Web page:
“There’s lots of occasion for seeing this as an opportunity for coming out of this dark period and rebuilding in a way that’s more sustainable and more forward thinking that addresses the climate crisis and a lot of other sustainability issues,” Smerdon said. “In a way that’s practicing some foresight, instead of just going back to business as usual.”

The tools to get to net zero already exist

Systemic changes across all industries are what’s necessary to move the needle in decarbonization, such as the way energy is generated to the way goods are distributed as well changes to how land for agriculture are used.
Every industry will need to switch to being powered with low-carbon fuels or electricity, Nemet said.

The technologies already exist to prevent more carbon from being emitted, and we already know how to store carbon and take it out of the atmosphere directly, Smerdon said.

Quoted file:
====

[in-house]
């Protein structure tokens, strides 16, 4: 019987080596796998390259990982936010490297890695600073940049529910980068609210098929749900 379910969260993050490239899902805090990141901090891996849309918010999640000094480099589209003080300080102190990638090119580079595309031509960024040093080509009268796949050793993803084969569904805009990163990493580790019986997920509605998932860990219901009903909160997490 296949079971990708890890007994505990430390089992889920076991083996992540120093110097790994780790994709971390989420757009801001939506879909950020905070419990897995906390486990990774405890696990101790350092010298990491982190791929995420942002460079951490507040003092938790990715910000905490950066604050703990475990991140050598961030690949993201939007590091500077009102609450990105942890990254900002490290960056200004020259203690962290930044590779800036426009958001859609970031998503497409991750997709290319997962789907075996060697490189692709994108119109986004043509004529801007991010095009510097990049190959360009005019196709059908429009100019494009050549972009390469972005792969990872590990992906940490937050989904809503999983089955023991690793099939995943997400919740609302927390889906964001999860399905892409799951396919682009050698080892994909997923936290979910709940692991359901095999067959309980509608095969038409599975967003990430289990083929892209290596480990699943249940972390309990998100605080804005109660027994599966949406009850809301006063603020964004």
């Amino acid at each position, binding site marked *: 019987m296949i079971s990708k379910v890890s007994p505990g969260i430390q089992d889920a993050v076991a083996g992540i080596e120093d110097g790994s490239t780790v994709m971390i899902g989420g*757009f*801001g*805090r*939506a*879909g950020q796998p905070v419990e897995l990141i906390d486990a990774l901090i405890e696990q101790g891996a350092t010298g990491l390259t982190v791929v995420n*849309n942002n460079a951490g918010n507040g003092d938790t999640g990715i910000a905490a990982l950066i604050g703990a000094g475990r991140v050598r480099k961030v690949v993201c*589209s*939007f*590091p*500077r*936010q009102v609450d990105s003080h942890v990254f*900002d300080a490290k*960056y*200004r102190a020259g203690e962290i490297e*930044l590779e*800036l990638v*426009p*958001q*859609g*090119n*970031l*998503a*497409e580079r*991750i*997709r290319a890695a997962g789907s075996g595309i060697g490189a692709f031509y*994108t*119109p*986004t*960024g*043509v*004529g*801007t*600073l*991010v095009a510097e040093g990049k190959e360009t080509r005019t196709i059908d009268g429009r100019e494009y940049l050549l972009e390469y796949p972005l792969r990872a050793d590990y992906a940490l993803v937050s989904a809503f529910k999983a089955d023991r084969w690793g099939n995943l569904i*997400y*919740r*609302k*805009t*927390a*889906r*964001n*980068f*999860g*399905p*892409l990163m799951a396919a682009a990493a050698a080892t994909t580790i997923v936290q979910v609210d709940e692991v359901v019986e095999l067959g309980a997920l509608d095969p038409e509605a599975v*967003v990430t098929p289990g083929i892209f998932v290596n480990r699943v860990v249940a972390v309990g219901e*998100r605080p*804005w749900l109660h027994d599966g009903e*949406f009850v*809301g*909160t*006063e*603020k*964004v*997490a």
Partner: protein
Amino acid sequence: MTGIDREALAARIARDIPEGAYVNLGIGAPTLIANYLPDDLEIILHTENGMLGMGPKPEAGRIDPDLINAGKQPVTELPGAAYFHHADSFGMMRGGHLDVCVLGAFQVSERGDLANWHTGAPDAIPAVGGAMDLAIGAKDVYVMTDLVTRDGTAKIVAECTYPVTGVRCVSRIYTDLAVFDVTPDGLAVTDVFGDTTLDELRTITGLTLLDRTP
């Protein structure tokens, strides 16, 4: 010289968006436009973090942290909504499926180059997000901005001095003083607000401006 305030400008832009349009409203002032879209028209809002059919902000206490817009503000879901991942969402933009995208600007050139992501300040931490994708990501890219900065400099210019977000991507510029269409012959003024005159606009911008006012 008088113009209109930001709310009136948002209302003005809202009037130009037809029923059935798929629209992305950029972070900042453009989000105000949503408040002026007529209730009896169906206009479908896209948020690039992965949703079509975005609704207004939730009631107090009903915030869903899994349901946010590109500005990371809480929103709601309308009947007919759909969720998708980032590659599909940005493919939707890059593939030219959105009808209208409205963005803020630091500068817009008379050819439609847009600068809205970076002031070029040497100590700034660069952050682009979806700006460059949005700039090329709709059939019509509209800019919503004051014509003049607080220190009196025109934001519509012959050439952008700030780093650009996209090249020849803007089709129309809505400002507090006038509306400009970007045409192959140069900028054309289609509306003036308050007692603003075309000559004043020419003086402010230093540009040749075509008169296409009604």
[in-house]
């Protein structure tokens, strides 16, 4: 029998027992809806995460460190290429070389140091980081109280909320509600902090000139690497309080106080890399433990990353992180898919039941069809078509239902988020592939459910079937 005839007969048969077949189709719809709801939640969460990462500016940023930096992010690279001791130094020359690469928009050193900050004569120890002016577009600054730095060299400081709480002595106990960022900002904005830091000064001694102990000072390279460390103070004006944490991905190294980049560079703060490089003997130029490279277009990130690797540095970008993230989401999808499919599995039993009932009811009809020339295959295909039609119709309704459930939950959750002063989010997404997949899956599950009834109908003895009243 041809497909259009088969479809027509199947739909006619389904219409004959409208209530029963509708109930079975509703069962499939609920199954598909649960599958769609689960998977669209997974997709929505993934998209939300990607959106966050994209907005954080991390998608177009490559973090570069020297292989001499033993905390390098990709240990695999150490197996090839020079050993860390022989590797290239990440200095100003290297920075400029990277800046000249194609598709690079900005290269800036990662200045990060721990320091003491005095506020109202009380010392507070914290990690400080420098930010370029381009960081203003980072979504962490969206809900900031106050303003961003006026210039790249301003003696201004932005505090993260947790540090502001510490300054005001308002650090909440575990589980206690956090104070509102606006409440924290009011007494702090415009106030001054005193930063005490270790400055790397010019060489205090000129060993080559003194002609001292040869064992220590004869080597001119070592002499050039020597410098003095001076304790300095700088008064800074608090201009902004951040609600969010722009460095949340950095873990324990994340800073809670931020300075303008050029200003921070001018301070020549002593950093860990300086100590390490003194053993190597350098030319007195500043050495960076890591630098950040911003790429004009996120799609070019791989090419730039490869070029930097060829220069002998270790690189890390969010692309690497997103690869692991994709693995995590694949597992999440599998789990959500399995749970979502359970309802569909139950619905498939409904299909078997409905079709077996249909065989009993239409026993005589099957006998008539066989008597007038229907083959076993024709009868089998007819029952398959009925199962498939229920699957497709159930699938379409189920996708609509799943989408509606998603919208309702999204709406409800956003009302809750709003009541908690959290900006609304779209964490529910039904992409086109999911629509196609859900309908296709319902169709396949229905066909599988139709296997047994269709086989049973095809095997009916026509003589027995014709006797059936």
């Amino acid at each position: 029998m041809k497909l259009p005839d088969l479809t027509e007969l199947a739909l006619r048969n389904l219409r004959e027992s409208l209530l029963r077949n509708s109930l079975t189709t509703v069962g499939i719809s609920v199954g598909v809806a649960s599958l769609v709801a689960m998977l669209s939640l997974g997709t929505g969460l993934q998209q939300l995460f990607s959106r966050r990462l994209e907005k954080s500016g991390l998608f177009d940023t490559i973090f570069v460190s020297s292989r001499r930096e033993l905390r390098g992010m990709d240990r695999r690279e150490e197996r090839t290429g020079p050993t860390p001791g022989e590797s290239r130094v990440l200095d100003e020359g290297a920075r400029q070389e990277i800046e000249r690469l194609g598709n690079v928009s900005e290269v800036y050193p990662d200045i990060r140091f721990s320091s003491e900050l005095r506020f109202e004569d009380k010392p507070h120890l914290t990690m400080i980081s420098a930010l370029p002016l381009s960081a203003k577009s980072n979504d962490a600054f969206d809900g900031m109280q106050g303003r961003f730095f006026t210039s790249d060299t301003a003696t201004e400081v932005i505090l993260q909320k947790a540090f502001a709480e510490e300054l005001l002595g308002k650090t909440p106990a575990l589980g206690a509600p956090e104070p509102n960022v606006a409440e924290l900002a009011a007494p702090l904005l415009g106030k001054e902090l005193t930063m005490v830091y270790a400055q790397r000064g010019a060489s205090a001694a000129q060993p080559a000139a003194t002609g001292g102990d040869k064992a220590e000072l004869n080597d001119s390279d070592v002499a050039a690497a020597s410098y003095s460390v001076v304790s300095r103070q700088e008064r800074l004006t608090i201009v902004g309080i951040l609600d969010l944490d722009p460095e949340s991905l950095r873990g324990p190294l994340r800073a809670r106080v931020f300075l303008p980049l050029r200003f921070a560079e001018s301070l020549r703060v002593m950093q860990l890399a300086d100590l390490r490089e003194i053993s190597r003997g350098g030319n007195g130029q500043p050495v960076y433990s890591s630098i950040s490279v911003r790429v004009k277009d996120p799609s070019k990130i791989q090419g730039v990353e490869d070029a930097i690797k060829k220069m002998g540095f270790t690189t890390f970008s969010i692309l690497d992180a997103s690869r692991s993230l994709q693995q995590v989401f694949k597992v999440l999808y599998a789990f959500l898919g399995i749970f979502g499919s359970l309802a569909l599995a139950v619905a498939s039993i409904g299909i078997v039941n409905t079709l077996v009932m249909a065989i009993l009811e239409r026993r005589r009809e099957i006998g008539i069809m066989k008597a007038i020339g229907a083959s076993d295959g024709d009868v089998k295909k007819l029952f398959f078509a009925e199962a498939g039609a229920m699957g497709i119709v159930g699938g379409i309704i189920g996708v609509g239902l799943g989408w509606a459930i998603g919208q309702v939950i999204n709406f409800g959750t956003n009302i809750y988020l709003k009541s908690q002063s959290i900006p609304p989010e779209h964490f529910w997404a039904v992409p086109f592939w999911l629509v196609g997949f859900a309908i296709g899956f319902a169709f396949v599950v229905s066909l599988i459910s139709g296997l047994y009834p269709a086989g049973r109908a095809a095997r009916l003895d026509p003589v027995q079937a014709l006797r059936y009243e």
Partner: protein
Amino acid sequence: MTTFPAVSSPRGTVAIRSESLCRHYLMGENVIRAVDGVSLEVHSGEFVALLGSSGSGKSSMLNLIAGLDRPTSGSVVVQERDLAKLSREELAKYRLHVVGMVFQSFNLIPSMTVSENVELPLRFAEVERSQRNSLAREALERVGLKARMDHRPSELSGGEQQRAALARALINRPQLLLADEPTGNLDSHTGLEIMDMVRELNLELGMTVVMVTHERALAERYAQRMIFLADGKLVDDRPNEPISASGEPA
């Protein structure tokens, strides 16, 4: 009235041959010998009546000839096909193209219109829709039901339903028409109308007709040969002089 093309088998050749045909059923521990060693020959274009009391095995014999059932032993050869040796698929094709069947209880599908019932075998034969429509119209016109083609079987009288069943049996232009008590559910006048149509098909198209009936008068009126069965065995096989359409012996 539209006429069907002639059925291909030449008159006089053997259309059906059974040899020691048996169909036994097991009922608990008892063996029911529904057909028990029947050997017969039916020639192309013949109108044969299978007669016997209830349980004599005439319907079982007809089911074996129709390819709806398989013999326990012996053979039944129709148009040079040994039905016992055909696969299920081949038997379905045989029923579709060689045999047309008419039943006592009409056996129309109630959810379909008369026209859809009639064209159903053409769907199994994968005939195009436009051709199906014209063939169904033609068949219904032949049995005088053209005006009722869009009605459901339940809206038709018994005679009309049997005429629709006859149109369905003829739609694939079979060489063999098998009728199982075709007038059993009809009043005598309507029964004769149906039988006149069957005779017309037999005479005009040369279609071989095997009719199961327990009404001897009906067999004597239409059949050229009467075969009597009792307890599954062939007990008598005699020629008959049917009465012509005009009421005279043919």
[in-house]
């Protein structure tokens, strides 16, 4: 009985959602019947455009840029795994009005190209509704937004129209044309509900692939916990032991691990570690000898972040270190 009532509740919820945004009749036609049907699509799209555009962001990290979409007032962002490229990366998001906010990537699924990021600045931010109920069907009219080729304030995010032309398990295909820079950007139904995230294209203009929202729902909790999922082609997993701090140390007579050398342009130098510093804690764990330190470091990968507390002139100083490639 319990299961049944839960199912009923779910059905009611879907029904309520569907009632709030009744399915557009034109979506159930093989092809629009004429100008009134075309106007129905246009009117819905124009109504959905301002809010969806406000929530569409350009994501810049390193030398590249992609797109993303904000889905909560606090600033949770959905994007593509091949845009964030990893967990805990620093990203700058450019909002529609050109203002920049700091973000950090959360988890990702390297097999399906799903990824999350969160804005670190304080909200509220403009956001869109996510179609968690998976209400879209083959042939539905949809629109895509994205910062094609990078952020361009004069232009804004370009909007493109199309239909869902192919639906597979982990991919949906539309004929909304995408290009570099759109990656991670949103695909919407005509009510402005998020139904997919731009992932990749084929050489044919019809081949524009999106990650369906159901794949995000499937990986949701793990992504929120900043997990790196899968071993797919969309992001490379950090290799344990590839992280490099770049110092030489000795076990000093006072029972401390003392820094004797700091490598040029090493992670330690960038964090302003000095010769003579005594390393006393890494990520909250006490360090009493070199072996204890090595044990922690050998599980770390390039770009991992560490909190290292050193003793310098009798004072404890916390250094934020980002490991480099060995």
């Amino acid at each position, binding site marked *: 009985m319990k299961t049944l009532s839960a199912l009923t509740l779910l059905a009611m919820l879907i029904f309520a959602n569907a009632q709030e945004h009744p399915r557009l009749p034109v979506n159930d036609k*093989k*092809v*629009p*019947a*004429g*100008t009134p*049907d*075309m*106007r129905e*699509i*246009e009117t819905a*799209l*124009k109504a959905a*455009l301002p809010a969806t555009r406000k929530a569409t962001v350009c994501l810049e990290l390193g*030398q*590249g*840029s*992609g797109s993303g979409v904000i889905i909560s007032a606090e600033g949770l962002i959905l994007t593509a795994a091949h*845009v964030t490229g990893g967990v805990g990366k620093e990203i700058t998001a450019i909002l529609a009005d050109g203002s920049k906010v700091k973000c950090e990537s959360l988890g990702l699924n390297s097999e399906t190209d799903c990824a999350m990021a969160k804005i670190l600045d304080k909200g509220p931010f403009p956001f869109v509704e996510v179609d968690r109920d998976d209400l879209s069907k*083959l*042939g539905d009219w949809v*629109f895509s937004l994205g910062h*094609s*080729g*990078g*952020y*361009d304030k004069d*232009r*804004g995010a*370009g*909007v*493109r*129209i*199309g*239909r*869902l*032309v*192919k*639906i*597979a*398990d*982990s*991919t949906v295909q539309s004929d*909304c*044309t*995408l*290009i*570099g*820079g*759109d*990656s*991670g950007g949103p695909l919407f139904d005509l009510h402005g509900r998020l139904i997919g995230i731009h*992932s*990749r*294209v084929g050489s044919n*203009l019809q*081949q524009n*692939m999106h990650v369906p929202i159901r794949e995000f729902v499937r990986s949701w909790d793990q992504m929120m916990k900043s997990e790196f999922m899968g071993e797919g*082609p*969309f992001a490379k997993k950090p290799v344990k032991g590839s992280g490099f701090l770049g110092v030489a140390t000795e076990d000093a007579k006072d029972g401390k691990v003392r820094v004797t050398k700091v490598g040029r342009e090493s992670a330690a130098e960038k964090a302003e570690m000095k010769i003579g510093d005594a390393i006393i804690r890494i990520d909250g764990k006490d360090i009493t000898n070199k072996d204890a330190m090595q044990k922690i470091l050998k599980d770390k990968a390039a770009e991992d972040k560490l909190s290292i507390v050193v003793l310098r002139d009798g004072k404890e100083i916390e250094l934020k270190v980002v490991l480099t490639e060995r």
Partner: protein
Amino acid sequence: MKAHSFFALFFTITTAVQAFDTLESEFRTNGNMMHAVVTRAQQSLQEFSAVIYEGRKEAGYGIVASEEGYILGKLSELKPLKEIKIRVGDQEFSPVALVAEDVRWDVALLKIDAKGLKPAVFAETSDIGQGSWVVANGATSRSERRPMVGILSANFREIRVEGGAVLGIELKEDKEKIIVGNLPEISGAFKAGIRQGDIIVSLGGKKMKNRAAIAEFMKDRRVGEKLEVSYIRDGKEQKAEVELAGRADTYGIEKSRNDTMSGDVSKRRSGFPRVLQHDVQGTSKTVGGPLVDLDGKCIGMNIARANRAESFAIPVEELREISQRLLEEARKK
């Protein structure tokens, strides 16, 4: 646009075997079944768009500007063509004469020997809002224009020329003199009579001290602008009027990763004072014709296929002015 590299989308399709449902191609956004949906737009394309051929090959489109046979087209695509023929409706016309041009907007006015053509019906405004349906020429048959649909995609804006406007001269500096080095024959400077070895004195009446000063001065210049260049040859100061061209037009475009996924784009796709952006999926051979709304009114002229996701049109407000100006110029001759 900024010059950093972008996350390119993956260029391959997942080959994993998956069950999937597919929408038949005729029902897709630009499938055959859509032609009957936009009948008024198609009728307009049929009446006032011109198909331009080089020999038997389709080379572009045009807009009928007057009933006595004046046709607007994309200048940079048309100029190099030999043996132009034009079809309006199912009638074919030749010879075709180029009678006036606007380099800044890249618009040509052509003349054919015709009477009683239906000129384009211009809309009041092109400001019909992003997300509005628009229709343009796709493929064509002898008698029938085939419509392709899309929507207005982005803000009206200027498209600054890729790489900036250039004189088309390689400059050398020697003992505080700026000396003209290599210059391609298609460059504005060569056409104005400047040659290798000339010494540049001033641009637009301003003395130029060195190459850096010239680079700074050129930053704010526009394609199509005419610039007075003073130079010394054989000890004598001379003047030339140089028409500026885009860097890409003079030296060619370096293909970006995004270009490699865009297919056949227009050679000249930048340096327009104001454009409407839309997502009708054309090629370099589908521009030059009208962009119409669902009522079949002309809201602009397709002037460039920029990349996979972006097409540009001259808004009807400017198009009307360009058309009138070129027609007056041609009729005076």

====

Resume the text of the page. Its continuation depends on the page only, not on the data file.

“The boundaries are not technical,” he said. “They’re political.”

Those changes do no come down to individual actions — other than how people choose the candidates they vote for, Smerdon said.

With past environmental issues, such as acid rain or the depleting ozone layer, solutions emerged as countries became competitive and tried to outdo each other, Nemet said.

“People have been waiting for a long time for that to happen on climate, and it’s been elusive,” he said.

But that has changed in 2020. Major commitments to get emissions down to net zero by mid-century or significantly reduce them in the next decade have come out of Japan, Korea, China and the European Union in recent weeks. If you add in the goals set by U.S. President-elect Joe Biden, the countries account for about 48% of the world’s emissions.

The last step to completing those goals will be implementation of near-term targets and turning commitments in action, Nemet said.